What happens during facial feminization jaw surgery?

Like forehead recontouring, jaw reduction surgery removes and shapes the volume from the jaw and chin to create a more feminine appearance. The incisions are best made from inside the mouth so that there are no visible scars from the procedure although this may make accessing posterior areas of the jaw more difficult.

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It is contradictory to go under the knife to look better and be left with an unsightly scar.  Therefore, a series of specialized tools have been developed to be able to safely narrow and shape the mandible with highly predictable results. The same goes for a chinplasty or genioplasty, which adjusts your own chin bones in order to create the desired effect–be it rounding, straightening, shortening, or sliding forward or setting back–for a result that is as subtle or as aggressive as required.  As with the forehead osteotomy, these procedures involve fixation with biocompatible wire or screws and plates.

What happens during an Adam’s apple reduction?

Adam’s apple reduction, also known as a tracheal shave, is a procedure that can sometimes be performed under local anesthesia if it is the only surgery being done, but general anesthesia is needed when combined with forehead, jaw, or other facial feminization surgery. In this procedure, the incision should never be made near the bottom of the Adam’s apple on the throat, which would cause a highly visible scar, albeit a small one. The neck  is also an inconvenient spot if you develop tissue adhesion, resulting in an unnatural movement of the skin when swallowing.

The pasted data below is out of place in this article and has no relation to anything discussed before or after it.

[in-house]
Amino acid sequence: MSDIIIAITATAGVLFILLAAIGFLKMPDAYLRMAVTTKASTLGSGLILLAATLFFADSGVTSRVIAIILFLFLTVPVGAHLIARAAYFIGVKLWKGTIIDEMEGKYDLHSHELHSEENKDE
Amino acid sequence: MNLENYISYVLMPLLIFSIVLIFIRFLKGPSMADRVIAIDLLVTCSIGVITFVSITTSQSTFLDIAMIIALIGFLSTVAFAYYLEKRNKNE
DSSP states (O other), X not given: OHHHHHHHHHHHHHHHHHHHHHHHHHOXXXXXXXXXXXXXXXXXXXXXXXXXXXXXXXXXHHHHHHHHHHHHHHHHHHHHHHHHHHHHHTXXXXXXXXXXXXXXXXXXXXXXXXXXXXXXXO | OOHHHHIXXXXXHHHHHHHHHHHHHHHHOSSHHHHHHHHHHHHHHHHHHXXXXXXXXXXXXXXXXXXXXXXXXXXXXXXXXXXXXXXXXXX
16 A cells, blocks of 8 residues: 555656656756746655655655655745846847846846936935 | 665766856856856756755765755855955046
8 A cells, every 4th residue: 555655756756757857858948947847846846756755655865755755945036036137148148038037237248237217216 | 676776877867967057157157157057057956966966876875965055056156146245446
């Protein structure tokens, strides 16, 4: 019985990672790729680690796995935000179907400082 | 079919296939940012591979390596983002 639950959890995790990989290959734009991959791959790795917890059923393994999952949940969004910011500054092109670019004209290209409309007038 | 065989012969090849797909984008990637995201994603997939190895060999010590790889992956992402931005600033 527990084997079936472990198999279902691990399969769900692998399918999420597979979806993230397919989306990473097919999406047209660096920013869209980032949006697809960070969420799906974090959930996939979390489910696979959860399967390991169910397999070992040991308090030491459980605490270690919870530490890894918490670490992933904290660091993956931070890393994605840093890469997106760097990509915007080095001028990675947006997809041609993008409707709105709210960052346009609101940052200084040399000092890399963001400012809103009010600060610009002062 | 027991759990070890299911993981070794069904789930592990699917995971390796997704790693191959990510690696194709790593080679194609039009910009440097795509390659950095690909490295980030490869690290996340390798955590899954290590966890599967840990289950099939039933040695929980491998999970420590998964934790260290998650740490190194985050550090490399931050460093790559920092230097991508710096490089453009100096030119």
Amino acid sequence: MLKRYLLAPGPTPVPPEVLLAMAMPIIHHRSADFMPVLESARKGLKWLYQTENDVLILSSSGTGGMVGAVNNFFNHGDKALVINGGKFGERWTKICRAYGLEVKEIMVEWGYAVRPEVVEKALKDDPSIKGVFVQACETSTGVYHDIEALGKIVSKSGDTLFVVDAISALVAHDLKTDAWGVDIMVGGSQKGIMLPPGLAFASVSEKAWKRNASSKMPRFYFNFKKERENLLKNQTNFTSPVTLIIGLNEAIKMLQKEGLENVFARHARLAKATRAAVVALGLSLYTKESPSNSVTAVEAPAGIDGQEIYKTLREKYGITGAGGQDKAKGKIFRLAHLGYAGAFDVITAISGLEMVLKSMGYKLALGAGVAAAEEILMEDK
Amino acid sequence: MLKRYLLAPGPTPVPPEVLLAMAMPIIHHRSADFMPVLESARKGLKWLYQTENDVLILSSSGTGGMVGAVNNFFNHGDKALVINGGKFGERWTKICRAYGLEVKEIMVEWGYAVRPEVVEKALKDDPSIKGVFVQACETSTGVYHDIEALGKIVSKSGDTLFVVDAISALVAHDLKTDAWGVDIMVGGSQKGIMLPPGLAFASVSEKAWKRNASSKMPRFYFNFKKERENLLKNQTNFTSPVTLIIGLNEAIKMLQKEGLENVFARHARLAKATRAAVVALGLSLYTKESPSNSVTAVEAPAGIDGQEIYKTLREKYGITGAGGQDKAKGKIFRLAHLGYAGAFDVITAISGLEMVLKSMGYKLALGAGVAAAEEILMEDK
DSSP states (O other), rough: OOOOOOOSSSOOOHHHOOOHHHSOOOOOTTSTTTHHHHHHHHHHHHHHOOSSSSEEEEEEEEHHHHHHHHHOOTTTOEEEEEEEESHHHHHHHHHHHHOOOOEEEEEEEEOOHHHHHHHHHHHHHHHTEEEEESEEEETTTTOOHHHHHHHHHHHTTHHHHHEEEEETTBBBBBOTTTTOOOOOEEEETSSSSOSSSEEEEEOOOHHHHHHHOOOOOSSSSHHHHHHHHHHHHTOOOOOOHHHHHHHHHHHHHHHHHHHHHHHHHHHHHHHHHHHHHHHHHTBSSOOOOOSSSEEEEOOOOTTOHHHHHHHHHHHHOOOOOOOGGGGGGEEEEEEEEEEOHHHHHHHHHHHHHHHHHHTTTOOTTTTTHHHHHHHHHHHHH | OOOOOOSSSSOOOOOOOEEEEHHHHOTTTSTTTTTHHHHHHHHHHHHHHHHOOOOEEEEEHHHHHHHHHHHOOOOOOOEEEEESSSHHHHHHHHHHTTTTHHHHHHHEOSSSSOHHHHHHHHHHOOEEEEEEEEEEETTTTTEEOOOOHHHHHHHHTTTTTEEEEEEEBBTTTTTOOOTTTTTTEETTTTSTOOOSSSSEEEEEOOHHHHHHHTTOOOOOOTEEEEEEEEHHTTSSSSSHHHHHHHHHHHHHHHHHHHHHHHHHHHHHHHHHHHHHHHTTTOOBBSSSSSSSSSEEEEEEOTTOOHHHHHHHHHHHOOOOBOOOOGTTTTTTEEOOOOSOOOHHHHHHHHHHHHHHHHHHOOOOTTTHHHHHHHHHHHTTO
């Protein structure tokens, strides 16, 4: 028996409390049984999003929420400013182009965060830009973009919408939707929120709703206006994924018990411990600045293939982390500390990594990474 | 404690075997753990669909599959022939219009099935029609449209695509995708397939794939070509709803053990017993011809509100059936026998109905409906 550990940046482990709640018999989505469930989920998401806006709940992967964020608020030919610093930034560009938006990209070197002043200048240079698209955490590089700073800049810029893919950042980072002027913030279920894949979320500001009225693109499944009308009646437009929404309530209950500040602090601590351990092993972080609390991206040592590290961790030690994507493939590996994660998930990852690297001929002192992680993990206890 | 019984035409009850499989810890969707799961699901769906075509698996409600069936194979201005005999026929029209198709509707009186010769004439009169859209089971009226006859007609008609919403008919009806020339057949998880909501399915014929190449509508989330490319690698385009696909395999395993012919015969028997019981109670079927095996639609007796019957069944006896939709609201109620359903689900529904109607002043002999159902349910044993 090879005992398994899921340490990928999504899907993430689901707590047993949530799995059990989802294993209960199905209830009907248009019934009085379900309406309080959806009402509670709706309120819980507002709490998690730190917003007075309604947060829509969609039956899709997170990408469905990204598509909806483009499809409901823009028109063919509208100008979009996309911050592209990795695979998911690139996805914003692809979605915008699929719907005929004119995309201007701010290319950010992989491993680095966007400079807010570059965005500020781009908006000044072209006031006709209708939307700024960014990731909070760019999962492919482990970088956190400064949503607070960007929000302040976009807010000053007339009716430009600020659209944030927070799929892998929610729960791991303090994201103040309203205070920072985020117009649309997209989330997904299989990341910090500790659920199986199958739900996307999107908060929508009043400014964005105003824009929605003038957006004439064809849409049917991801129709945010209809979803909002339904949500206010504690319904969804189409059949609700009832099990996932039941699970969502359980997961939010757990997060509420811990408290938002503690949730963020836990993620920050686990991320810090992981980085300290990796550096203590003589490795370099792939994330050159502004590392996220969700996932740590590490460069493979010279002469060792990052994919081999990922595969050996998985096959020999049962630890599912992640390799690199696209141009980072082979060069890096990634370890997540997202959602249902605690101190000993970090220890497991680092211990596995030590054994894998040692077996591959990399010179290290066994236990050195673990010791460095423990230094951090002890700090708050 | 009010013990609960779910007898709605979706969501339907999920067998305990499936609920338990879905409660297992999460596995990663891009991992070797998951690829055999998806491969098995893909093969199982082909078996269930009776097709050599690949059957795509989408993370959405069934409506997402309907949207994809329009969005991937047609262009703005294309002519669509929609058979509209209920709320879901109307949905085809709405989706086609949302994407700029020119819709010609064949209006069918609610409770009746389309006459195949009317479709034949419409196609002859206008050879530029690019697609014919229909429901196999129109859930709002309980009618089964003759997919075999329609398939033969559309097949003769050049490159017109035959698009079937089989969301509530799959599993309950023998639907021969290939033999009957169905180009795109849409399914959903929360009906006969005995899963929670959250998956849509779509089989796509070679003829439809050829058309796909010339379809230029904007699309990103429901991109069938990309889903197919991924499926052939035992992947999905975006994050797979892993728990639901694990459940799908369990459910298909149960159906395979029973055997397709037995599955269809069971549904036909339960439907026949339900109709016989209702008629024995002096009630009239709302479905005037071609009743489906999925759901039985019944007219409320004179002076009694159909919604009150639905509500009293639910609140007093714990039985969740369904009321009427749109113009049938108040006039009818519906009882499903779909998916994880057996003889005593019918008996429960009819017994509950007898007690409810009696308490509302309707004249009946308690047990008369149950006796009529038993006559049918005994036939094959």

Thankfully, many professionals are able to perform a reduction of this cartilage via an incision in one of the natural skin folds in the neck or under the chin in order to keep scars less noticeable. The underlying muscles are held apart while the surgeon reduces the excess cartilage that makes the Adam’s apple more prominent and masculine, taking care not to weaken the structures that support the vocal chords. Finally, a single suture may be used to close the incision. A small red line will be visible in most patients for about six weeks, but long-term scarring is usually minimal and easily reduced further with the use of silicone scar gels, micro-pigmentation or makeup.

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In conclusion, as with any surgery, there are risks and complications that may–or may not–arise. FFS surgery is no exception although the most common problems, usually minor, are easily resolved thanks to modern medicine. However, when performed by experienced specialists and with the security of the proper protocols, methods and planning in place, FFS surgery is now more routinely considered a more controlled intervention with increasingly foreseeable results.